Asian Science Citation Index is committed to provide an authoritative, trusted and significant information by the coverage of the most important and influential journals to meet the needs of the global scientific community.  
ASCI Database
308-Lasani Town,
Sargodha Road,
Faisalabad, Pakistan
Fax: +92-41-8815544
Contact Via Web
Suggest a Journal
 
Articles by W Tang
Total Records ( 7 ) for W Tang
  J. M Lyness , Q Yu , W Tang , X Tu and Y. Conwell
 

OBJECTIVE: Prevention of late-life depression, a common, disabling condition with often poor outcomes in primary care, requires identification of seniors at highest risk of incident episodes. The authors examined a broad range of clinical, functional, and psychosocial predictors of incident depressive episodes in a well-characterized cohort of older primary care patients. METHOD: In this observational cohort study, patients age ≥65 years without current major depression, recruited from practices in general internal medicine, geriatrics, and family medicine, received annual follow-up assessments over a period of 1 to 4 years. Of 617 enrolled subjects, 405 completed the 1-year follow-up evaluation. The Structured Clinical Interview for DSM-IV (SCID) determined incident major depressive episodes. Each risk indicator’s predictive utility was examined by calculating the risk exposure rate, incident risk ratio, and population attributable fraction, leading to determination of the number needed to treat in order to prevent incident depression. RESULTS: A combination of risks, including minor or subsyndromal depression, impaired functional status, and history of major or minor depression, identified a group in which fully effective treatment of five individuals would prevent one new case of incident depression. CONCLUSIONS: Indicators routinely assessed in primary care identified a group at very high risk for onset of major depressive episodes. Such markers may inform current clinical care by fostering the early detection and intervention critical to improving patient outcomes and may serve as the basis for future studies refining the recommendations for screening and determining the effectiveness of preventive interventions.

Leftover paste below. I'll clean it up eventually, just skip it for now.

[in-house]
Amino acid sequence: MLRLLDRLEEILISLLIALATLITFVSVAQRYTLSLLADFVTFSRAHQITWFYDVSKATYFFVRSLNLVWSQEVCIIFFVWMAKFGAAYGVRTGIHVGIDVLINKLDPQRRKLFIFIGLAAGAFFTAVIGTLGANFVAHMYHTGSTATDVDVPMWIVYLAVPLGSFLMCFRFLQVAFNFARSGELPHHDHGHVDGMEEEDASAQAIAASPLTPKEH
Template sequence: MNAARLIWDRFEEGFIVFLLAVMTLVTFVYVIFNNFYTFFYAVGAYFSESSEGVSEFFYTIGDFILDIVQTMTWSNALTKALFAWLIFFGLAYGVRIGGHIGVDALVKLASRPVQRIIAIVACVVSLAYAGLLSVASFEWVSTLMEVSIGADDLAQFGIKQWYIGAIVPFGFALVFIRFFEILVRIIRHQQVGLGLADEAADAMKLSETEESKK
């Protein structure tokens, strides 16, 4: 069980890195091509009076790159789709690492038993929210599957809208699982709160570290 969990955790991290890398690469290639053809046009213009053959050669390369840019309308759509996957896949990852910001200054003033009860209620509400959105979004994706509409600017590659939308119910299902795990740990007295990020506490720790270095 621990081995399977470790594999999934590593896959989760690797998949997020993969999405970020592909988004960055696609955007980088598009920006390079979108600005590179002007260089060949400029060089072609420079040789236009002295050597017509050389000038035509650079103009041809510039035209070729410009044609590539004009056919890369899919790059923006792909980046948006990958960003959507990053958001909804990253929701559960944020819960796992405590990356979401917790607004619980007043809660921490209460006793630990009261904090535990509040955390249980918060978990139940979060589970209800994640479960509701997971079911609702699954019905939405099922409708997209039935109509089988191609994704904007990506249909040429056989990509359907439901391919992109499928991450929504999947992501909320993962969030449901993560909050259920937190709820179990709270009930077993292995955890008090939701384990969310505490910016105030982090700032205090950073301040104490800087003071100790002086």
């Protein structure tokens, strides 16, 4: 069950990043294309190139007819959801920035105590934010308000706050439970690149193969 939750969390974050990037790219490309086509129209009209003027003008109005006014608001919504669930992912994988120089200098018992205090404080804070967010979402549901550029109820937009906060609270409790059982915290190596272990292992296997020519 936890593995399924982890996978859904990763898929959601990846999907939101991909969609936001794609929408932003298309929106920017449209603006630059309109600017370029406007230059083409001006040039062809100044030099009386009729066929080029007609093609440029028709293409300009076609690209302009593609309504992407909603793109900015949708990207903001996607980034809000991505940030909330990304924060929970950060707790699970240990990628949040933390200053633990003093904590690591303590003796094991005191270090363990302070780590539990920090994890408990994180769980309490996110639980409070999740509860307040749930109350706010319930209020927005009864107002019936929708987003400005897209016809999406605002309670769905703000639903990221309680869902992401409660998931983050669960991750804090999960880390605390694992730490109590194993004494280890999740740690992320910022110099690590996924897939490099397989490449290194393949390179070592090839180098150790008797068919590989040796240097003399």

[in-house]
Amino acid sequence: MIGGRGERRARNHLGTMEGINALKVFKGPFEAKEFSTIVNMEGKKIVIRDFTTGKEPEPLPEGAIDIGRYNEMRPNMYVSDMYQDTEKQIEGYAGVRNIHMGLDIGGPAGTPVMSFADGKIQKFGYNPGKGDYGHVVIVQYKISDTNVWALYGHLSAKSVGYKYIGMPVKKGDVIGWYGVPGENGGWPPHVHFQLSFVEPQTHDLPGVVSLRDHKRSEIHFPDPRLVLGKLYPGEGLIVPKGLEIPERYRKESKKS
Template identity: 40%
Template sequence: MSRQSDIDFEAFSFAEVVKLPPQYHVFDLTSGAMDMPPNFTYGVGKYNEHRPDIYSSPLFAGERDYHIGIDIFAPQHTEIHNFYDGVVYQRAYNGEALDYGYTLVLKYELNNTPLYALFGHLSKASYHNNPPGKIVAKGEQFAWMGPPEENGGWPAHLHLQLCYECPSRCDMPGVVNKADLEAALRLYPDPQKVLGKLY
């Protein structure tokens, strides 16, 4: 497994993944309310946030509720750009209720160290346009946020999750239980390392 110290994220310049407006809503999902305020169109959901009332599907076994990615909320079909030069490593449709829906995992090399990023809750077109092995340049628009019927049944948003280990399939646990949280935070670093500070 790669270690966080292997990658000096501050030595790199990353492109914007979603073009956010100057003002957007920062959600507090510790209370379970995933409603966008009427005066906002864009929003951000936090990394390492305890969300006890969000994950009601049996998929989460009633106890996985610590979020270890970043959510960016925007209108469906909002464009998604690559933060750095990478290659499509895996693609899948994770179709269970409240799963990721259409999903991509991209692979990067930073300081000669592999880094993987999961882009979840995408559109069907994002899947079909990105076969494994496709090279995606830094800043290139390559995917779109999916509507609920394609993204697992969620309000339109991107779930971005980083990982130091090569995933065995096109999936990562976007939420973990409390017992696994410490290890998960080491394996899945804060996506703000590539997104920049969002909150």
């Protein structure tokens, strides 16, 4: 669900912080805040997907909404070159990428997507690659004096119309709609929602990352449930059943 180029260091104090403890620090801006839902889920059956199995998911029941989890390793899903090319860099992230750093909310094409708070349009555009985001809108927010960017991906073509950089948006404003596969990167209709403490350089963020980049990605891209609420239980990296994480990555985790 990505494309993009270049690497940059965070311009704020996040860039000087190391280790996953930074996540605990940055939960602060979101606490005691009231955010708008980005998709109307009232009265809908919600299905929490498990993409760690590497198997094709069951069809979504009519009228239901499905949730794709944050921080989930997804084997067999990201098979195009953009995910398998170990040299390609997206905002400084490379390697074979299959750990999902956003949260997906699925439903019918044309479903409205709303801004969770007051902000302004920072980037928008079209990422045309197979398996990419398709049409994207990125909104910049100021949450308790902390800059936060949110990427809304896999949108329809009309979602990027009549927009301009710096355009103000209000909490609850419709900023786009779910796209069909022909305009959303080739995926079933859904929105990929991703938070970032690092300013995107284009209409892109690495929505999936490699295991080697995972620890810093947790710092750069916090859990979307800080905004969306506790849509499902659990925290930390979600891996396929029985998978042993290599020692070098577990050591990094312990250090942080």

N. L Smith , M. H Chen , A Dehghan , D. P Strachan , S Basu , N Soranzo , C Hayward , I Rudan , M Sabater Lleal , J. C Bis , M. P. M de Maat , A Rumley , X Kong , Q Yang , F. M. K Williams , V Vitart , H Campbell , A Malarstig , K. L Wiggins , C. M Van Duijn , W. L McArdle , J. S Pankow , A. D Johnson , A Silveira , B McKnight , A. G Uitterlinden , Aleksic Wellcome Trust Case Control Consortium; , J. B Meigs , A Peters , W Koenig , M Cushman , S Kathiresan , J. I Rotter , E. G Bovill , A Hofman , E Boerwinkle , G. H Tofler , J. F Peden , B. M Psaty , F Leebeek , A. R Folsom , M. G Larson , T. D Spector , A. F Wright , J. F Wilson , A Hamsten , T Lumley , J. C. M Witteman , W Tang and C. J. O'Donnell